Pumpkin Coconut Soup

Wondering what to do with those pumpkin guts (as my kids call them)? Well look no further. Regular pumpkin guts, i.e. those stringy mushy bits that scoop out with the seeds makes for a really yummy soup. I promise. Maybe it’ll sound yummier if I stopped saying “guts”🤣. Pulp. We’ll call it pulp.

Side note: I also blend up the pulp with unflavored bone broth, mix it with GF brownie mix (I use THIS or THIS kind) for my 2 ingredient breakfast muffins (recipe here).

Anyhoo, pumpkin gut soup is really easy to make and tastes really yummy! Top it with sweet or savory pumpkin seeds from the same pumpkin and you’ve got yourself a nice, warm, orange, comforting bowl of texturally pleasing deliciousness. Warm fall in a bowl. Pair that with some hot apple cider and pretty much day=made. Amiright?

For this recipe you will need:

Ingredients

  1. Insides from 1 large pumpkin
  2. About 1 cup bone broth (click here for my recipe or here for a brand I buy and trust)
  3. 1/2 can full fat coconut milk*
  4. Dash Pink himalaya sea salt
  5. 1 tsp brown sugar
  6. Generous spoonful of sweet or savory pumpkin seeds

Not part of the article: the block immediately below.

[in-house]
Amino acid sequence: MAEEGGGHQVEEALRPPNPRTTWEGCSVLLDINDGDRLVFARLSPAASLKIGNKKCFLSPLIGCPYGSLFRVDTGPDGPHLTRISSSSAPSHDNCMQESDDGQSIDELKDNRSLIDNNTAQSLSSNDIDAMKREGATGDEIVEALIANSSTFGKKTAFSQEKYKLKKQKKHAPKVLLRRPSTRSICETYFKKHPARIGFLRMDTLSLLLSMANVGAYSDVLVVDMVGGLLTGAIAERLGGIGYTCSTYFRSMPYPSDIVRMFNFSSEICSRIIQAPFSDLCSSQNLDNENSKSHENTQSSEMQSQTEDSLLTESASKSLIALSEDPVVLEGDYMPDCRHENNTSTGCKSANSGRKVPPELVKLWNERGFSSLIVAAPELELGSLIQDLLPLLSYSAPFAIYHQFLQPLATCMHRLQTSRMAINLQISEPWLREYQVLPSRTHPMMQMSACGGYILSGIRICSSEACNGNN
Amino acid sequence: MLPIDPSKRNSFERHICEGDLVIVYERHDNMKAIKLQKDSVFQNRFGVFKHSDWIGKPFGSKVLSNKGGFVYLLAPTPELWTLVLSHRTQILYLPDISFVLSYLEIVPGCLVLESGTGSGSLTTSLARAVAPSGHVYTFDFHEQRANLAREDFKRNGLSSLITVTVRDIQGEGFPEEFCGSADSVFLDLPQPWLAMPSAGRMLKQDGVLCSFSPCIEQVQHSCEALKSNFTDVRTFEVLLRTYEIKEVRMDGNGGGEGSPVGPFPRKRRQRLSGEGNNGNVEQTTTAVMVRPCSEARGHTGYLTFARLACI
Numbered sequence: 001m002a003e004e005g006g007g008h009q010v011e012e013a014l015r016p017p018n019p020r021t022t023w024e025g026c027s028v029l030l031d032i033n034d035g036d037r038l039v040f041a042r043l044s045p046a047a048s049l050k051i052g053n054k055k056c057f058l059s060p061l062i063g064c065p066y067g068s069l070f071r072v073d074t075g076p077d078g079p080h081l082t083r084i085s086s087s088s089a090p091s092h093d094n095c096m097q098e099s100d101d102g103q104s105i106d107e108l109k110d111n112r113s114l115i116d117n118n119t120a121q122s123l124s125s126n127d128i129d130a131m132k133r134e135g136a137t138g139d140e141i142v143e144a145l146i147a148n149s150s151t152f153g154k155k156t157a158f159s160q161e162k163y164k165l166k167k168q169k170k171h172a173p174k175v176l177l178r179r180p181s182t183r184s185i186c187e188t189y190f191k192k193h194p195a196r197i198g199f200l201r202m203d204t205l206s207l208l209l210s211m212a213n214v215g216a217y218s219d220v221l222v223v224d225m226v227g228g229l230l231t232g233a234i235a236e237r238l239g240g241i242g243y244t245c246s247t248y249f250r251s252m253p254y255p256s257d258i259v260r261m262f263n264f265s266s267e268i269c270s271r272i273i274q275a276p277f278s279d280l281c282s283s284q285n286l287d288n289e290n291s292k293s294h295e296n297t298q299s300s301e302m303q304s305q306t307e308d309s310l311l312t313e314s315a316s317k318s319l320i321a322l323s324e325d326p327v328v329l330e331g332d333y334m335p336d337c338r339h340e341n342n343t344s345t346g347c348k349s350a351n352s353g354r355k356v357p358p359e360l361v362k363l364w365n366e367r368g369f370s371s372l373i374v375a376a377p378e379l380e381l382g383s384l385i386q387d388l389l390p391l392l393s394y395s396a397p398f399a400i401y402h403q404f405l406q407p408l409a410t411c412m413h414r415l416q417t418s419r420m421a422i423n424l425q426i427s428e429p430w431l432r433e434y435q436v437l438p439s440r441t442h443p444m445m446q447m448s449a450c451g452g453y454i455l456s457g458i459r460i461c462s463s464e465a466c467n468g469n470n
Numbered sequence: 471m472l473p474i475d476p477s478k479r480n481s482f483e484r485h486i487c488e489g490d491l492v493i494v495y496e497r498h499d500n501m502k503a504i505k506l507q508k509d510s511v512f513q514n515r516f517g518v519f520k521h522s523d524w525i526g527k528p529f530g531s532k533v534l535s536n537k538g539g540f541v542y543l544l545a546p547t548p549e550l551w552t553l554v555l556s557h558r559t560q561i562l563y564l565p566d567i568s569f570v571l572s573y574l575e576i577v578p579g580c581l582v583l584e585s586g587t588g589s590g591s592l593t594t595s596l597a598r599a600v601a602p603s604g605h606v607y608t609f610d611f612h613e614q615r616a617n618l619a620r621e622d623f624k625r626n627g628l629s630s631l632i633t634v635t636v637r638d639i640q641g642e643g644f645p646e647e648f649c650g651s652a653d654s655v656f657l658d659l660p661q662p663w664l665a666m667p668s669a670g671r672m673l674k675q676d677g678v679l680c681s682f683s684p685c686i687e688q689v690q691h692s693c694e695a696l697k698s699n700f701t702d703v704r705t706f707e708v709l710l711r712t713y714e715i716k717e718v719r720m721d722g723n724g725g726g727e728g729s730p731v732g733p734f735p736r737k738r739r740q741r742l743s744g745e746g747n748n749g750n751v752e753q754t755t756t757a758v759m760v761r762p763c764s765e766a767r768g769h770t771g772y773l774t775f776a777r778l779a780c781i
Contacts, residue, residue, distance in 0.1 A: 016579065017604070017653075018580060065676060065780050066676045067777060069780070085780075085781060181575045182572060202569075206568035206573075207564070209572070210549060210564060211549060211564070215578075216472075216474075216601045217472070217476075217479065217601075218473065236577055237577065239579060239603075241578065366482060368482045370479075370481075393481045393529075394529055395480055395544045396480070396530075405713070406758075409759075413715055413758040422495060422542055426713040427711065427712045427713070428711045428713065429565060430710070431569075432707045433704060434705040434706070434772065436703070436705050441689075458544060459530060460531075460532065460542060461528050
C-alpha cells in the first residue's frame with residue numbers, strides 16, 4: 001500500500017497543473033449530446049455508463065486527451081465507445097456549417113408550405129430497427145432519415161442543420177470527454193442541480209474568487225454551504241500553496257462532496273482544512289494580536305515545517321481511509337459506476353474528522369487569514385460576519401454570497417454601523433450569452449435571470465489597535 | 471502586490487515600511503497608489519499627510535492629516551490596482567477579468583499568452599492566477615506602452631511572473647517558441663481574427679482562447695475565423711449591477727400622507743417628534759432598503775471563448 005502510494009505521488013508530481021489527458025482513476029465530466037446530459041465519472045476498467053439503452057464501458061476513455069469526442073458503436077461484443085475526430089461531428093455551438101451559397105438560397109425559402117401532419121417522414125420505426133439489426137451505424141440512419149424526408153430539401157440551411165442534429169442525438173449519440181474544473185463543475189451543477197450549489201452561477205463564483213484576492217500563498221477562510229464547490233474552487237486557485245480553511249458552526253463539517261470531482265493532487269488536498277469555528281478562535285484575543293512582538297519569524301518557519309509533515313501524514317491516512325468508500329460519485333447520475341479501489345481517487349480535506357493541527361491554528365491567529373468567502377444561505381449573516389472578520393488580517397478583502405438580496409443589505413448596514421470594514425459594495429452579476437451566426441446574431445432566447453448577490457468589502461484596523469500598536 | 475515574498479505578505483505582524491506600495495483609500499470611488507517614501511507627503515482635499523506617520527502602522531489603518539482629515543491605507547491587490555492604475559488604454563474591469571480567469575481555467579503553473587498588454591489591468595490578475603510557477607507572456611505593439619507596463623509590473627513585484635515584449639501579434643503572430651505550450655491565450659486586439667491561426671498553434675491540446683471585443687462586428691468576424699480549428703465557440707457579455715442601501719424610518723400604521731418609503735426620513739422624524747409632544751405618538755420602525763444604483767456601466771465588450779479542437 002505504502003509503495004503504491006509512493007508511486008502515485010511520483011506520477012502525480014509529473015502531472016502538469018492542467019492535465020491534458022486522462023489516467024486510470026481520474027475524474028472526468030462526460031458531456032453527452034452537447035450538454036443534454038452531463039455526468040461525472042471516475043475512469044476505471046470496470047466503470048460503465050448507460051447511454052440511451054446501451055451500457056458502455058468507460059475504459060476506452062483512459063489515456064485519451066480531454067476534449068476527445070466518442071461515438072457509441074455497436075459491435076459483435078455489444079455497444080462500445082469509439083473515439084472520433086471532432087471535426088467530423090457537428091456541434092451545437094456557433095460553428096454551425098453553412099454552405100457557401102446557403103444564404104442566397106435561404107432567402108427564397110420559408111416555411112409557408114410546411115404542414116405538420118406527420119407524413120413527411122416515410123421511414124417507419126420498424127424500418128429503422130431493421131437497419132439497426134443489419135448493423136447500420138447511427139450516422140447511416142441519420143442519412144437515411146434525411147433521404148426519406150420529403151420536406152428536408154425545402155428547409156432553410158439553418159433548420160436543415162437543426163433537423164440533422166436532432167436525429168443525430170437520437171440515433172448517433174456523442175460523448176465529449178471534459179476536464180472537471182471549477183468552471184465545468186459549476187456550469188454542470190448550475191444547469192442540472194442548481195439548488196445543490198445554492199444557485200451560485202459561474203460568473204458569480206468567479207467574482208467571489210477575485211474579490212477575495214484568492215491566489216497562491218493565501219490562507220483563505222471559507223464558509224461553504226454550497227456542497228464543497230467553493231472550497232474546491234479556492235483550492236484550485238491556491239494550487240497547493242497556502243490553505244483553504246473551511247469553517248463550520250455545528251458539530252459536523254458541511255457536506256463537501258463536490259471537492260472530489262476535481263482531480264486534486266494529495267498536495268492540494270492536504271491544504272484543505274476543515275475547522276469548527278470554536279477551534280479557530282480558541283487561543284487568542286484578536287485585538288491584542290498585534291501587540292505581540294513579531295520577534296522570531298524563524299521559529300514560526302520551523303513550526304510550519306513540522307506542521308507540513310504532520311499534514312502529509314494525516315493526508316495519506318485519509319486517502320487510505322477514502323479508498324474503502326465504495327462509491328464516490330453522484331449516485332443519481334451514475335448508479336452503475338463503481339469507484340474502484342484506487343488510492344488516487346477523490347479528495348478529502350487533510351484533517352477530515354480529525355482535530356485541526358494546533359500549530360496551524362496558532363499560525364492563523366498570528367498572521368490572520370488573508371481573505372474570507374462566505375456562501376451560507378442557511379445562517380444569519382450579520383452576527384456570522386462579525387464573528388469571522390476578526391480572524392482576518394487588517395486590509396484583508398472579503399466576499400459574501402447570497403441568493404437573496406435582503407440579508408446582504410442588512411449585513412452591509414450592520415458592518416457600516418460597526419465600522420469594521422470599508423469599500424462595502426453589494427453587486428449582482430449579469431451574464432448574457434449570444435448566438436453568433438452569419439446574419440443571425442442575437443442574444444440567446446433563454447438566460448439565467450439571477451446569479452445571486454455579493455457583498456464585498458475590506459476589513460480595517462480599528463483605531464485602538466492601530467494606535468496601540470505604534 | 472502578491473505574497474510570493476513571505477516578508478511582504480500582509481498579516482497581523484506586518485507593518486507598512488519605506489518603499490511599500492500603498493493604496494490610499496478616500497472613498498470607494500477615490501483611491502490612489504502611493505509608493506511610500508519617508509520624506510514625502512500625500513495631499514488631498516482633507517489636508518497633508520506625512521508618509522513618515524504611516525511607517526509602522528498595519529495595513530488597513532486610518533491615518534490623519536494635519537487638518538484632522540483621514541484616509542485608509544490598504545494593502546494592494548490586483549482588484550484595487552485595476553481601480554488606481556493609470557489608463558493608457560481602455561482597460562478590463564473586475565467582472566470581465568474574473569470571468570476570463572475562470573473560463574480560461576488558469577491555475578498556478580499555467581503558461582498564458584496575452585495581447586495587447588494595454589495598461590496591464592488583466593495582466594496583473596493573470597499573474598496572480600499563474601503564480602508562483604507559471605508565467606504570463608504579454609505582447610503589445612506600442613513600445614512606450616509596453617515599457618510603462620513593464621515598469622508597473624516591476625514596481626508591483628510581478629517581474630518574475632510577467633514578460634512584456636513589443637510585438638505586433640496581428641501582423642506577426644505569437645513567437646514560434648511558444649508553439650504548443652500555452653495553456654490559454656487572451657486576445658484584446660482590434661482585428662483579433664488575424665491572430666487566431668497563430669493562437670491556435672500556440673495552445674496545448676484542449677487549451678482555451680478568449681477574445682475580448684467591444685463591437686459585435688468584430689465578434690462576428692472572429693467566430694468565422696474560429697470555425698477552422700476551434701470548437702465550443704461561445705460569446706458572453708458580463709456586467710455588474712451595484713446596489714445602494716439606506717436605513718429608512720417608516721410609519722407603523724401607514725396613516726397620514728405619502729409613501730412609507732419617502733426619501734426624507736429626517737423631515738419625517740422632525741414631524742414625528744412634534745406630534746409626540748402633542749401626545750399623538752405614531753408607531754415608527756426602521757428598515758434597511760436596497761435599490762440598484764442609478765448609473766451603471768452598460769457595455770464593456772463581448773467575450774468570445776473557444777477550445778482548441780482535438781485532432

*You can also use a nut milk, but make sure it is a home made nut milk, or a fattier nut milk like

Directions

  1. Place pumpkin pulp and bone broth in a high powered blender and blend well, for about 30 seconds until the blender runs really smoothly and you don’t hear anything chunking around in there. It has to be blended REALLY well.
  2. Pour pumpkin mixture into a medium size pot, add salt, bring to a boil and reduce to a simmer
  3. Simmer for about 15 minutes and then add your coconut milk.
  4. Allow mixture to come back to a simmer.
  5. I would DEFINITELY recommend you add your pumpkin seeds!

For the Pumpkins seeds, simply

  1. Remove from pumpkin and rinse off pumpkin pulp
  2. Soak seeds in salt water (1tbsp kosher/1 cup water) for about an hour or so.
  3. Spread the seeds out and allow them to dry.
  4. Season your seeds. For savory, I usually add turmeric, pepper and a little more salt. For sweet, I usually add cinnamon, brown sugar and a little ghee. Toss/mix well to coat evenly.
  5. Bake your seeds in a 325* oven for about 25-30 minutes until desired toastiness/crispyness is achieved!

Turmeric Latte

Probably one of my most requested recipes. To be honest, I’m shocked I hadn’t blogged this sooner. It’s pretty much on a daily repeat over here, so I guess I just forgot about writing it down🤷🏻‍♀️.

It’s creamy, flavorful, subtly sweet, spicy and comforting all at the same time. And turmeric has amazing anti-inflammatory properties that can help give those immune systems a boost, especially when it gets cold!